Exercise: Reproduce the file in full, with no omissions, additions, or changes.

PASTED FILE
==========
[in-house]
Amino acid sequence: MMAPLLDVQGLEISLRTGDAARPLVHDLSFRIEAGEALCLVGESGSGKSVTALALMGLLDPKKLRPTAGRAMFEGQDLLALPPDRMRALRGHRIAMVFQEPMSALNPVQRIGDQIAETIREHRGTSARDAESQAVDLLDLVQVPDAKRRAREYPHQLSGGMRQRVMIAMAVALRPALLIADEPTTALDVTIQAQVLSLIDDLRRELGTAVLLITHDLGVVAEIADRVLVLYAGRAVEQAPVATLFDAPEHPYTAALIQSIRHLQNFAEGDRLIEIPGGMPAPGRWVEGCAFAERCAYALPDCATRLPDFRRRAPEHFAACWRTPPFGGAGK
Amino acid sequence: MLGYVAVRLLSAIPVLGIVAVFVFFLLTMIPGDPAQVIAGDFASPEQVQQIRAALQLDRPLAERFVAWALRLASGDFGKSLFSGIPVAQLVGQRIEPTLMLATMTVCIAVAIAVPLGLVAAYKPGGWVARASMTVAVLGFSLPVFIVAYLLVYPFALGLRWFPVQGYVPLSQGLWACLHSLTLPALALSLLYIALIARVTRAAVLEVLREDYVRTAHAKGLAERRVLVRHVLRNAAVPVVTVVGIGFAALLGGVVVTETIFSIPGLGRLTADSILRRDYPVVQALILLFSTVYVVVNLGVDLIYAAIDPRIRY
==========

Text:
[in-house]
Amino acid sequence: MMAPLLDVQGLEISLRTGDAARPLVHDLSFRIEAGEALCLVGESGSGKSVTALALMGLLDPKKLRPTAGRAMFEGQDLLALPPDRMRALRGHRIAMVFQEPMSALNPVQRIGDQIAETIREHRGTSARDAESQAVDLLDLVQVPDAKRRAREYPHQLSGGMRQRVMIAMAVALRPALLIADEPTTALDVTIQAQVLSLIDDLRRELGTAVLLITHDLGVVAEIADRVLVLYAGRAVEQAPVATLFDAPEHPYTAALIQSIRHLQNFAEGDRLIEIPGGMPAPGRWVEGCAFAERCAYALPDCATRLPDFRRRAPEHFAACWRTPPFGGAGK
Amino acid sequence: MLGYVAVRLLSAIPVLGIVAVFVFFLLTMIPGDPAQVIAGDFASPEQVQQIRAALQLDRPLAERFVAWALRLASGDFGKSLFSGIPVAQLVGQRIEPTLMLATMTVCIAVAIAVPLGLVAAYKPGGWVARASMTVAVLGFSLPVFIVAYLLVYPFALGLRWFPVQGYVPLSQGLWACLHSLTLPALALSLLYIALIARVTRAAVLEVLREDYVRTAHAKGLAERRVLVRHVLRNAAVPVVTVVGIGFAALLGGVVVTETIFSIPGLGRLTADSILRRDYPVVQALILLFSTVYVVVNLGVDLIYAAIDPRIRY